Thanks are due to all of those who kindly provided access to the church, fort, yacht club and Crosshaven House. Thanks also to Kevin Hurley for his work in organising a most enjoyable day.
On Sunday 20th March Cork Chapter members enjoyed an afternoon at Fota House on Fota Island about ten kilometres east of Cork city. The visit began with the large group being divided into two and guided around the house by committee members Geraldine O’Riordan and Dr. Alicia St. Leger.
The building started life as an 18th century hunting lodge for the Smith Barry family. It was substantially enlarged in the 1820s for John Smith Barry to the design of renowned architects Richard Morrison and his son William. Further additions followed in the late 19th century when a billiard room and conservatory (later converted into a gallery) were added. It remained in the Smith Barry family until 1975 and is now under the care of the Irish Heritage Trust.
Members of the Cork Chapter explored the house, admiring the skilled craftsmanship, fine decoration and the many attractive features of the building. Set in the beautiful surroundings of an arboretum and gardens, the views from the main rooms are particularly striking. Of equal interest were the extensive staff quarters, including the kitchen and the wet or game larder with its carousel for hanging game.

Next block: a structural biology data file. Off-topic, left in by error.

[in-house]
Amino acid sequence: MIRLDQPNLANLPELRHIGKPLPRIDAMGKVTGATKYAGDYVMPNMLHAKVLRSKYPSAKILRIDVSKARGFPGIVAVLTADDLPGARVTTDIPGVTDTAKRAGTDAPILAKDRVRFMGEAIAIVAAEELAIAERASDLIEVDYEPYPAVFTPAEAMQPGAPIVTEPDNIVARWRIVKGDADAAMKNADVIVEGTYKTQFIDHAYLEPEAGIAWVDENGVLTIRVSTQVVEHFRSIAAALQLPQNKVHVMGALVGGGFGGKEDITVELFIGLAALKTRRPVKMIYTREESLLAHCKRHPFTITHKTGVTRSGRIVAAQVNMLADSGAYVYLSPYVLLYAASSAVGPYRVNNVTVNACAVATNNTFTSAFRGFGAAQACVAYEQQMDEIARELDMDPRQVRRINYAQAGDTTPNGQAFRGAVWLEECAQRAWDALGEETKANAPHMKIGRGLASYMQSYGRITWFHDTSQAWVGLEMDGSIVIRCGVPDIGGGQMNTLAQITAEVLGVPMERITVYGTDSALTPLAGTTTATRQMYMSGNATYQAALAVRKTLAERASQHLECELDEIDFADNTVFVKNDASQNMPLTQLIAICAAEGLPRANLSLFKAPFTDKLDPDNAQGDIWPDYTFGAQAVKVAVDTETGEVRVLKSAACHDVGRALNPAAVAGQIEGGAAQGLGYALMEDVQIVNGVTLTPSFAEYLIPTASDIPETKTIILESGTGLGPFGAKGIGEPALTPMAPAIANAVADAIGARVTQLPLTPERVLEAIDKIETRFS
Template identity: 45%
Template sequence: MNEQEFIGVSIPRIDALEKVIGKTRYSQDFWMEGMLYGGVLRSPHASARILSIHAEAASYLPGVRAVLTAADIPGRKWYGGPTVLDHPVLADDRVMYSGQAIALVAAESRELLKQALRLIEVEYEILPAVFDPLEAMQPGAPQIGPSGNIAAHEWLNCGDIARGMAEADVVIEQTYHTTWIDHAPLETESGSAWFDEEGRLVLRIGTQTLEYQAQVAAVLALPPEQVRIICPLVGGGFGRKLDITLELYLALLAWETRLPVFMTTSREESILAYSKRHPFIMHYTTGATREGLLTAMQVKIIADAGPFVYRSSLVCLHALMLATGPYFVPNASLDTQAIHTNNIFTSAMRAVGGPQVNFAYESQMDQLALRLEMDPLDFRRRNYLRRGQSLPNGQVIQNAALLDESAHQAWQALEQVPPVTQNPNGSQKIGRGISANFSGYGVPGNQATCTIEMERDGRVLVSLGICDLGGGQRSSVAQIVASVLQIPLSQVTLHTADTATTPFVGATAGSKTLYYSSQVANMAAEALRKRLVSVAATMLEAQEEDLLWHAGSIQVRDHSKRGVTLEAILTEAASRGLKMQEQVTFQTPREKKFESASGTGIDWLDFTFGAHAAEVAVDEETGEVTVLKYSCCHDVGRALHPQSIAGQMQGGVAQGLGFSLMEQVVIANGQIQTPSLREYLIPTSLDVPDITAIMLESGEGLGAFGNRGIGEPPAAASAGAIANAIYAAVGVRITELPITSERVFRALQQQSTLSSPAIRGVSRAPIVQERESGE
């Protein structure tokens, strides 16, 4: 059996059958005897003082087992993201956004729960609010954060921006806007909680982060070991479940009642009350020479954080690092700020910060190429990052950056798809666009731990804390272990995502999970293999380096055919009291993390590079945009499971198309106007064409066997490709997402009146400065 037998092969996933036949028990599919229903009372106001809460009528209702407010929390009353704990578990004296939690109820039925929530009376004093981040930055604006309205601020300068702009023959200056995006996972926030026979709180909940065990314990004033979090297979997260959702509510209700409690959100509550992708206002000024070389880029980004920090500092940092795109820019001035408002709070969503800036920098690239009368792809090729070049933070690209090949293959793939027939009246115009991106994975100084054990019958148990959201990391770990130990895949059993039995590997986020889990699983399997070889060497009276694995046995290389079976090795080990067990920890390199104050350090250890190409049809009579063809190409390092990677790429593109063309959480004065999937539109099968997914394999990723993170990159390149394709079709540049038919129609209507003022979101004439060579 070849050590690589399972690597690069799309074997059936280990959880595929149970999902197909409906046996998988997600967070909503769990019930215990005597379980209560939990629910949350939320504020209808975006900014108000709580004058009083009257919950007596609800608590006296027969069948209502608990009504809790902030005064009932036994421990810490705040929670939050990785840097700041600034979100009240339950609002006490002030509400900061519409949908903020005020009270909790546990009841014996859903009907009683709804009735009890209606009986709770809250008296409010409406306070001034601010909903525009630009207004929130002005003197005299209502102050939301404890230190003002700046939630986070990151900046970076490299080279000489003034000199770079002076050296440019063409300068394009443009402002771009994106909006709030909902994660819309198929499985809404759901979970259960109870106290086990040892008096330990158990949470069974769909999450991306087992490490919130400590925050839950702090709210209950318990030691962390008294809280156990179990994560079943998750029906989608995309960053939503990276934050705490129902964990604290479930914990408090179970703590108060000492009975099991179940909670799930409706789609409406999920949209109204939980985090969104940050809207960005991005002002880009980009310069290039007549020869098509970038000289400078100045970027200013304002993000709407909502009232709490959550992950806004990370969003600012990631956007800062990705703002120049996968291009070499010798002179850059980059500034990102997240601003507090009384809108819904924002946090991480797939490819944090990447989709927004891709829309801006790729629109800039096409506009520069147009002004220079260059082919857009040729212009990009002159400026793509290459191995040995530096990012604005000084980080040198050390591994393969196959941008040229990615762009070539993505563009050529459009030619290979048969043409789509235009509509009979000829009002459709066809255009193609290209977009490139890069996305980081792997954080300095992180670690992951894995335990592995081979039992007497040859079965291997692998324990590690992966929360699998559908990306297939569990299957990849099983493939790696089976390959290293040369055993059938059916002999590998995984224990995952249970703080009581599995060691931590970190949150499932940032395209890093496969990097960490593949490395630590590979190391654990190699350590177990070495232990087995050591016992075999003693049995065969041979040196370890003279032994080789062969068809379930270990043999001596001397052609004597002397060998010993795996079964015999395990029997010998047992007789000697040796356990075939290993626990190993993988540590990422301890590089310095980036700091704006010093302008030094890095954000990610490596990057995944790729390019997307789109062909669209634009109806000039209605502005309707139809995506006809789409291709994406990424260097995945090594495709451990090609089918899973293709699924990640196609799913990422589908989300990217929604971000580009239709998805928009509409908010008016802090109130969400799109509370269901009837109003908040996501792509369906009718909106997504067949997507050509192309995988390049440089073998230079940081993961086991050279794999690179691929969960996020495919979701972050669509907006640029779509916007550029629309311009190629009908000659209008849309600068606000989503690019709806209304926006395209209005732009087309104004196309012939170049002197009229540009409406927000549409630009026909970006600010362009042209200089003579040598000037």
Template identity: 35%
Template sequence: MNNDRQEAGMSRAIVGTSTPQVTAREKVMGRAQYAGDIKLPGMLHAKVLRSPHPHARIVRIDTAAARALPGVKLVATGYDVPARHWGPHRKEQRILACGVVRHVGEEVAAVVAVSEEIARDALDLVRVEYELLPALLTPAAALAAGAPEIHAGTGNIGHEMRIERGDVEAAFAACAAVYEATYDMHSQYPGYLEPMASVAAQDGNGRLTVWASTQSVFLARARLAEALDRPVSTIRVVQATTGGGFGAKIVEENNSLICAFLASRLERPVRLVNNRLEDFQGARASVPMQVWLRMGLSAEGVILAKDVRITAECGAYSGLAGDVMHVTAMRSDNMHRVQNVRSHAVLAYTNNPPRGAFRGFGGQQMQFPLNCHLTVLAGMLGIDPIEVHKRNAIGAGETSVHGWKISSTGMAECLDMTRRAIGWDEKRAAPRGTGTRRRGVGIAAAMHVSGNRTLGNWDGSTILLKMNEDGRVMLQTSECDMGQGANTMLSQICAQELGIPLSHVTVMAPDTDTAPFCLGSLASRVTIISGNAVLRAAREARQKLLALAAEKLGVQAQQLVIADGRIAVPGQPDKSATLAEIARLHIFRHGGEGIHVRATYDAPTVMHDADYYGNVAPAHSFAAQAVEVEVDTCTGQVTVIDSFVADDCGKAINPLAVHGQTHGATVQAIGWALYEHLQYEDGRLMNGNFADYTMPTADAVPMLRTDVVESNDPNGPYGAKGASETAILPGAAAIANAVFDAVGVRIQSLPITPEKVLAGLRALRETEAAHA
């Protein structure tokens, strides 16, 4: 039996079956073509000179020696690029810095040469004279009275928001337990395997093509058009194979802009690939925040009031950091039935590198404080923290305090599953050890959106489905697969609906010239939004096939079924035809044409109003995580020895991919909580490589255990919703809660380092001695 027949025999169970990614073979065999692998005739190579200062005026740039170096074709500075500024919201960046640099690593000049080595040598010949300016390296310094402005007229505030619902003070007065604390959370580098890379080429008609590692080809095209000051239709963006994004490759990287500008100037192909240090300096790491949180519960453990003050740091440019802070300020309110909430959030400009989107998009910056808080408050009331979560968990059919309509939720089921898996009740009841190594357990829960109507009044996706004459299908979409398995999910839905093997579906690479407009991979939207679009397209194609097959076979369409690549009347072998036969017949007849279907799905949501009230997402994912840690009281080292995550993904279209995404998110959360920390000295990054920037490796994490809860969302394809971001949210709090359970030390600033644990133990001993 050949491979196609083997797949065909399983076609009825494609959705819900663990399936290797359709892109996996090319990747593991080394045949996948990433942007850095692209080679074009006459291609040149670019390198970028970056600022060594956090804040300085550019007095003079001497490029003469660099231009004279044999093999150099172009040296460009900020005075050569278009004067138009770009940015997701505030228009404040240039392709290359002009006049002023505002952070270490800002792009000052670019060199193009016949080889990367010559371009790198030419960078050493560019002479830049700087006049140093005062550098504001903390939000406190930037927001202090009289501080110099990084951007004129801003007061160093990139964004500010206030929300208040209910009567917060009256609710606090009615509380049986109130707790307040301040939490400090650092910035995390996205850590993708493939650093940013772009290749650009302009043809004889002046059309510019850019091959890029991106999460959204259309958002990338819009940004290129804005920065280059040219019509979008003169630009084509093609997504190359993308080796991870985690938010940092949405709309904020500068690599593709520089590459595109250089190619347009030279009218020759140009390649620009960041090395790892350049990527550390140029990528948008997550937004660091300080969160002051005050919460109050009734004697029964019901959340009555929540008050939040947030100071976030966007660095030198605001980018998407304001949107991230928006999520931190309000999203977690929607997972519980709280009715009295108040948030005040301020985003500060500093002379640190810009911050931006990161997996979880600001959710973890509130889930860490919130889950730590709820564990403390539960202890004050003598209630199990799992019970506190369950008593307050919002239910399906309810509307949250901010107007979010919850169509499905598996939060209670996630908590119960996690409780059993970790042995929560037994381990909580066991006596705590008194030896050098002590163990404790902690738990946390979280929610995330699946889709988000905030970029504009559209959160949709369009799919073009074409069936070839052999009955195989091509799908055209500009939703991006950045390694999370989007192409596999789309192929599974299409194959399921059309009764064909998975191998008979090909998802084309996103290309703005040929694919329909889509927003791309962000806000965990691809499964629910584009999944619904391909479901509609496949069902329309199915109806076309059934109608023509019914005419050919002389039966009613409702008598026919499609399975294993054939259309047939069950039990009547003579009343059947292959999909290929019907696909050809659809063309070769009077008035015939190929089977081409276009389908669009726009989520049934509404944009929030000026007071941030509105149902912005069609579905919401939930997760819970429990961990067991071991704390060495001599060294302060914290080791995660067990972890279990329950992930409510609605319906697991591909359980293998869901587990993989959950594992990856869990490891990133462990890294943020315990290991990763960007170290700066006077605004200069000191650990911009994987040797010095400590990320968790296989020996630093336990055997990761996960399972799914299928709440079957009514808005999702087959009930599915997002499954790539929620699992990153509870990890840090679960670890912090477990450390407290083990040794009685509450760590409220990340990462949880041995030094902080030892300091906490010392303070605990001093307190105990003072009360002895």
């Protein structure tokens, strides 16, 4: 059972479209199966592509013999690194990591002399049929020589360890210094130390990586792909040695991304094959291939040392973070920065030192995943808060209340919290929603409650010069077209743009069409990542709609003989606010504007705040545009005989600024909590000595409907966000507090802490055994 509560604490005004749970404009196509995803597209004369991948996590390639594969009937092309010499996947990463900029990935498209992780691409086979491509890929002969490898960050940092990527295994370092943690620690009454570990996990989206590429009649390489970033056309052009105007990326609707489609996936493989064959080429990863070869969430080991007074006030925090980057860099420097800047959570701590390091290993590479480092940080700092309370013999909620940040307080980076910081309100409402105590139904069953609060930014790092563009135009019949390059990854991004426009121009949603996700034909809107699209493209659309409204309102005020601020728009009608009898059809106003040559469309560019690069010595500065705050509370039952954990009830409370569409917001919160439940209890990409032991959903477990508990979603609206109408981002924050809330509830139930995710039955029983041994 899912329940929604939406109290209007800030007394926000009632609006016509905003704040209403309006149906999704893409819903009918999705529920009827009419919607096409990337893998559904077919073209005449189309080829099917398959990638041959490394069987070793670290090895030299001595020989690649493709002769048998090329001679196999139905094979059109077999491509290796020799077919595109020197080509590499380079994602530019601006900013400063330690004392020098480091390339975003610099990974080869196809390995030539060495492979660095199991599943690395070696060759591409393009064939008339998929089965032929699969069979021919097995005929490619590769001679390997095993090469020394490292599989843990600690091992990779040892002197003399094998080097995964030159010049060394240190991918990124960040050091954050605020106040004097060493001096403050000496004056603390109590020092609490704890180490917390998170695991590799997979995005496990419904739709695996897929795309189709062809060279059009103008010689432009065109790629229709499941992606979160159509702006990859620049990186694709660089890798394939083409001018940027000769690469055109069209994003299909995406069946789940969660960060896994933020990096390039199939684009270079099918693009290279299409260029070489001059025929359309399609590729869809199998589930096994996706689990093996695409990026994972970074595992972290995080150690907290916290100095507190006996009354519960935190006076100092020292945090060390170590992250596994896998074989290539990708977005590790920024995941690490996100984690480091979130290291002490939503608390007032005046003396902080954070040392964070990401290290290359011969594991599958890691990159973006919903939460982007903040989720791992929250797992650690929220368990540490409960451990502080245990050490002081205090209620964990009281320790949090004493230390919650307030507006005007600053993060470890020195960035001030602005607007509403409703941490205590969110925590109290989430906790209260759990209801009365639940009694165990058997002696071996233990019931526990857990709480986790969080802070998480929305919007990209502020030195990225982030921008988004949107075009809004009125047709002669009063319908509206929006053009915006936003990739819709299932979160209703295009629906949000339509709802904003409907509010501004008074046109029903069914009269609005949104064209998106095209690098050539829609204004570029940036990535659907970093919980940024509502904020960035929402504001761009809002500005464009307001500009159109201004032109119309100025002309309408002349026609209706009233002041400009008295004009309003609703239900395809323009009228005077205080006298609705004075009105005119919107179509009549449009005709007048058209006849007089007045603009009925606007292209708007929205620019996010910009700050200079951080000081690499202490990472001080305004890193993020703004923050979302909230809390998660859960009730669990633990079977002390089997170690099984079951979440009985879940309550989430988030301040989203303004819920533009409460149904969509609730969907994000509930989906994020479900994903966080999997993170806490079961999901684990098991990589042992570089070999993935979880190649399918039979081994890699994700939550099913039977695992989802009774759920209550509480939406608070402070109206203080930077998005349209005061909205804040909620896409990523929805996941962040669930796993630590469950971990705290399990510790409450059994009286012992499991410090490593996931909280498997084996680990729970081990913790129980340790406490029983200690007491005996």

Following refreshments in the hall, the group then gathered in the beautiful drawing room to hear a presentation by Dr. Edward McParland of the Department of the History of Art and Architecture, Trinity College, Dublin. Dr. McParland centred his talk on St. Mary’s Church, Pope’s Quay, Cork - a striking classical building designed by Cork architect Kearns Deane for the Dominican Order. Built in the 1830s and dedicated in 1839, the church had later additions. Dr. McParland’s engaging talk described not only the architecture of St. Mary’s, but also the fascinating story behind its construction. Local politics, church rivalry and interesting fund-raising activities were all part of the colourful origins of this attractive building set on the banks of the River Lee.
Dr. McParland’s excellent talk was followed by a draw for three copies of Tarquin Blake’s publication ‘Abandoned Mansions of Ireland’. The book features remarkable photographs of ‘abandoned mansions’ all over Ireland. For three lucky recipients, it was a welcome bonus at the end of a very pleasant and enlightening afternoon at Fota House. Thanks to Kevin Hurley who organised the event and to the staff at Fota House for all their help.